View attachment 422184
Here's a shot of the Proton M from 2012 with some of the amazing team from Northern Colorado Rocketry!
View attachment 422185

Steve Mashburn
tahomarocketworks.com
Tacoma WA
Smashburn

#### smashburn

##### Well-Known Member
Smashburn
Here's a link to the project. Unfortunately all the photos are missing as that website no longer exists. I think I have them somewhere backed up .. it's a pretty good read anyway.

#### steveh.jae

##### Well-Known Member
TRF Supporter
Here's a link to the project. Unfortunately all the photos are missing as that website no longer exists. I think I have them somewhere backed up .. it's a pretty good read anyway.

Thanks!

#### smashburn

##### Well-Known Member
Slotting the first tube on the sustainer (2nd stage). Love this part! Will push the motor/fin assembly 3" up into the body to allow for the InterStage Coupler from the Booster. This is going to be pretty Beastly!

#### BDB

##### Absent Minded Professor
What kind of plywood did you use for the fins? My daughter and I are starting to work on a sonotube project too.

#### smashburn

##### Well-Known Member
What kind of plywood did you use for the fins? My daughter and I are starting to work on a sonotube project too.
I used the 1/2" sanded stuff from Home Depot this time. Not the best and is only 3 ply, but works ok. I used the same for the bulkheads and centering rings.

I'd prefer the 7 ply Aircraft or Cabinet grade plywood but have not found a local source for it yet. When I lived in Atlanta I found a great source where I could buy 1/2 sheets for a reasonable price .. it can be overly expensive. It definitely needs to be smooth on both sides.

Depending on how big the fins are you might get by with 3/8". Also, if you are going Mach, 700 mph +, you might have some other things to consider .. I never go that fast.

As you can see, I like big fins and I can not lie! I might have used 5/8" on these, I don't remember. It flew perfect!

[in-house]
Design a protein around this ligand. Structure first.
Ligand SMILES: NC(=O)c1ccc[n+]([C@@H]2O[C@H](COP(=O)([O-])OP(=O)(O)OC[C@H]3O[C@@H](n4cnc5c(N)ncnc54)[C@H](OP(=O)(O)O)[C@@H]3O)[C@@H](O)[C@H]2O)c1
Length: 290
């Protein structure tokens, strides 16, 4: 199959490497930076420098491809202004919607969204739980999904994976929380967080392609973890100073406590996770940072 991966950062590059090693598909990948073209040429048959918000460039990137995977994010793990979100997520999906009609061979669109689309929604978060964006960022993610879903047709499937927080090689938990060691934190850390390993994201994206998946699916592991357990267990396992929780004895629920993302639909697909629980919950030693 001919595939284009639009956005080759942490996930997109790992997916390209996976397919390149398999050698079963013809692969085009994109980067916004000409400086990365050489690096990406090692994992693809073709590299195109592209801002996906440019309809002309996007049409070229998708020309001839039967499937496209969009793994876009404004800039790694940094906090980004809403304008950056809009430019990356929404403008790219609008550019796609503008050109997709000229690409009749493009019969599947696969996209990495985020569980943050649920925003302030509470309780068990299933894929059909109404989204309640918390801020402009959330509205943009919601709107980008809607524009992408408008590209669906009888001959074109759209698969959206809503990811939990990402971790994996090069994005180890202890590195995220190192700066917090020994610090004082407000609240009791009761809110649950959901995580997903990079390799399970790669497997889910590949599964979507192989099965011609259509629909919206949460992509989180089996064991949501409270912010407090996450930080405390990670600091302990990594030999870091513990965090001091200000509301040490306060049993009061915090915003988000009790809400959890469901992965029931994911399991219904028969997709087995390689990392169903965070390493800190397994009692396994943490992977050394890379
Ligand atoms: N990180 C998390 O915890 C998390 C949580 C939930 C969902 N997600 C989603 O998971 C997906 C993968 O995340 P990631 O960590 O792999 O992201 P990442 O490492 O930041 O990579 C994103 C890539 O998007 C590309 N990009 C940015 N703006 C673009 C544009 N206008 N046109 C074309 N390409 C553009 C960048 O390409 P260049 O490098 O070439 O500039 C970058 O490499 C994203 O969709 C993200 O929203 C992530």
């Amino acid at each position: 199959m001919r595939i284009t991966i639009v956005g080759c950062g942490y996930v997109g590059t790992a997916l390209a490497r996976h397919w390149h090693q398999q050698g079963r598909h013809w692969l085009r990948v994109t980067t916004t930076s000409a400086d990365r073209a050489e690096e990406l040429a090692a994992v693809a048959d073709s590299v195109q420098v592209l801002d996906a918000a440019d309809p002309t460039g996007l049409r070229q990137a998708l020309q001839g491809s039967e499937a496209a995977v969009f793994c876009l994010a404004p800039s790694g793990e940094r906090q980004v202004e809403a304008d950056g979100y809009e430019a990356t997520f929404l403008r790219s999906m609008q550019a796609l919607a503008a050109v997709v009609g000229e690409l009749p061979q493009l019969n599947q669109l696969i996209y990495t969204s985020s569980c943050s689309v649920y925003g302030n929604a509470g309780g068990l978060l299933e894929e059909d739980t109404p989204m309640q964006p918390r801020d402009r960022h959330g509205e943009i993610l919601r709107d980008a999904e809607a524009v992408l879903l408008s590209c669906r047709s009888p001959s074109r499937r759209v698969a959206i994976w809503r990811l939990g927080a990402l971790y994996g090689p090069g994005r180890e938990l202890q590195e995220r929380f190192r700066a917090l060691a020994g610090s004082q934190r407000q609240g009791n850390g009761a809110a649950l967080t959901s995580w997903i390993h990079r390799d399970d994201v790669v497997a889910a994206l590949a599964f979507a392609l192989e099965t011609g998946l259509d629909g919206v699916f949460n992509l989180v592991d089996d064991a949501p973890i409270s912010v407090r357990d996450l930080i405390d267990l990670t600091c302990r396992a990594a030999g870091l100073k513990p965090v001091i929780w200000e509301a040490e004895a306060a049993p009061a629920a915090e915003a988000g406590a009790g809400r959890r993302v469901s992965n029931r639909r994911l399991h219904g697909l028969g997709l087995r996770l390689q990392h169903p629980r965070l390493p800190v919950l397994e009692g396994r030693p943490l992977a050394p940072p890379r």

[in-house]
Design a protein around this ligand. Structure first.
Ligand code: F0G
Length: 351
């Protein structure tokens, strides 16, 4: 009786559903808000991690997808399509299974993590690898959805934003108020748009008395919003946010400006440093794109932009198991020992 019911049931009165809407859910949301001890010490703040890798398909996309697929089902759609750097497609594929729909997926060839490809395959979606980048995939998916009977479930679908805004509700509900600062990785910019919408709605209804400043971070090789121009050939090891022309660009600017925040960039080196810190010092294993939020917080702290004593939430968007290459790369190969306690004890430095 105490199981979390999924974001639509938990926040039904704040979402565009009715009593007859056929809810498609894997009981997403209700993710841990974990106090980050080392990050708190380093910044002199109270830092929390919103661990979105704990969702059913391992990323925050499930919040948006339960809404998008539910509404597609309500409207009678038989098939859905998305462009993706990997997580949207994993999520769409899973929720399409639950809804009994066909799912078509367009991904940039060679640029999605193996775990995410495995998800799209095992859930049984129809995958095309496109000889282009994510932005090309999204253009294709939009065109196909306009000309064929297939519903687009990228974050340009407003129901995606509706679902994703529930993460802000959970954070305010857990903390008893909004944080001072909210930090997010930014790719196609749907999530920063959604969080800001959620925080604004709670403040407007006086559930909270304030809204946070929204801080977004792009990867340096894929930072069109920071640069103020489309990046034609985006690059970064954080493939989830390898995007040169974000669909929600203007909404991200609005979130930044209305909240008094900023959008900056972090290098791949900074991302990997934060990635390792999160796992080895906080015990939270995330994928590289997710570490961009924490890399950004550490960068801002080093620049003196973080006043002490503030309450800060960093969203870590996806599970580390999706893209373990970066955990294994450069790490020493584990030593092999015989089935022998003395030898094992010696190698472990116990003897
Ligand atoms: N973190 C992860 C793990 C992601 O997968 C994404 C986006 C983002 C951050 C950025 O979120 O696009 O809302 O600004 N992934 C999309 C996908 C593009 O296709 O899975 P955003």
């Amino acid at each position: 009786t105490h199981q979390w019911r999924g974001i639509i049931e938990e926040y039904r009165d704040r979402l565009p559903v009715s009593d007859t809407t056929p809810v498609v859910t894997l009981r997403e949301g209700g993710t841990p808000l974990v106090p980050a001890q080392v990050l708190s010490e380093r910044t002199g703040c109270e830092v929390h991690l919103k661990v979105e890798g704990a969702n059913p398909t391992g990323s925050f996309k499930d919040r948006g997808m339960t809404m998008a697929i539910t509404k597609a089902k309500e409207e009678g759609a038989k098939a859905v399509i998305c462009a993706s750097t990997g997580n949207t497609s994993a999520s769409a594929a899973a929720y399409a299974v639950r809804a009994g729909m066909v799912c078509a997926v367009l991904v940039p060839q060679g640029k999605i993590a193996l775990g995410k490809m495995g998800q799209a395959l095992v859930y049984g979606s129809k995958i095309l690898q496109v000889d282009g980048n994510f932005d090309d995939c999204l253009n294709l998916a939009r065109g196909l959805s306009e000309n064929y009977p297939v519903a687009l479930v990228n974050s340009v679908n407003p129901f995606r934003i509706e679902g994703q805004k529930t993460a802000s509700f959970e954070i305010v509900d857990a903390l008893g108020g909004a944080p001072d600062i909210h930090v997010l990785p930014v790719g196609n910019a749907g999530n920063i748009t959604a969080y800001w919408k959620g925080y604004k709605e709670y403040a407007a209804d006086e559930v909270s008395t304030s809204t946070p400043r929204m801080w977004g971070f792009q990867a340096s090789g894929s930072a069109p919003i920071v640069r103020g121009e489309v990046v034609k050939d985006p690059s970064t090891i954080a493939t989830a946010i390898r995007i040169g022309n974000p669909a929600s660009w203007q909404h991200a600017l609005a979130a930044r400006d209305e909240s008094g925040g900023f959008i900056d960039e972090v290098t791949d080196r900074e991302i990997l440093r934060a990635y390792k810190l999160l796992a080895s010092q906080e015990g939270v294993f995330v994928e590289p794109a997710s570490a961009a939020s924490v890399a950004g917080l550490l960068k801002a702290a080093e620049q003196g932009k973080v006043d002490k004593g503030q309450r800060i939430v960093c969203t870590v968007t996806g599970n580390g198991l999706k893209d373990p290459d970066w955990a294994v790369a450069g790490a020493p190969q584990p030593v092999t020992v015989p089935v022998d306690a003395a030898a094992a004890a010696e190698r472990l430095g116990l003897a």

#### prfesser

I used the 1/2" sanded stuff from Home Depot this time. Not the best and is only 3 ply, but works ok. I used the same for the bulkheads and centering rings.

I'd prefer the 7 ply Aircraft or Cabinet grade plywood but have not found a local source for it yet. When I lived in Atlanta I found a great source where I could buy 1/2 sheets for a reasonable price .. it can be overly expensive. It definitely needs to be smooth on both sides.
Some years ago I bought a type of plywood underlayment at Menards. I don't recall the brand but it was 1/4" 5-ply, actual was closer to 3/16" thick. One side was guaranteed clear, but the other side was clear or almost so on the sheets I looked at. I've used it for centering rings and fins for several rockets. It may have been the stuff they call PlyFloor ($20 for a 4x5' sheet, baltic birch), but I'm not sure. Anyway, two sheets glued together would give 10-ply, a bit over 3/8" thick. Best -- Terry #### mrwalsh85 ##### Well-Known Member If there is a Rockler near you, they should have 30" x 5' sheets, maybe even 5x5's of birch plywood. Not as cost effective but still good product. #### smashburn ##### Well-Known Member Some years ago I bought a type of plywood underlayment at Menards. I don't recall the brand but it was 1/4" 5-ply, actual was closer to 3/16" thick. One side was guaranteed clear, but the other side was clear or almost so on the sheets I looked at. I've used it for centering rings and fins for several rockets. It may have been the stuff they call PlyFloor ($20 for a 4x5' sheet, baltic birch), but I'm not sure. Anyway, two sheets glued together would give 10-ply, a bit over 3/8" thick.

Best -- Terry
Thanks Terry, appreciate the idea, I'll give it a look. Really sweet getting input/feedback from a "legend" .. one of the great aspects of this hobby! Thanks for all you've done over the years!

#### smashburn

##### Well-Known Member
If there is a Rockler near you, they should have 30" x 5' sheets, maybe even 5x5's of birch plywood. Not as cost effective but still good product.
Thanks Mike .. I do have one up by Seattle, but as you said it is a bit pricey. Ill still check it out next time I'm up there.

#### blackjack2564

##### Crazy Jim's Gone Banana's
TRF Supporter
Smashburn I remember that rocket....I think I loaned u a 7600 case to fly a M-2200 skid in it at O'burg years ago...that was a hairy flight!

#### smashburn

##### Well-Known Member
Smashburn I remember that rocket....I think I loaned u a 7600 case to fly a M-2200 skid in it at O'burg years ago...that was a hairy flight!
Yea, one of my favorite projects ever .. it flew perfectly and the Skid really added to the effect. Thanks for the loan, I loved that Orangeburg group!! Toms commenting was priceless too! “Catch Air .. Catch Air!”

#### smashburn

##### Well-Known Member
Not much free time lately, works been crazy, but got some more done on the Beast. Slotted both stages and started on the couplers/ebays.

BDB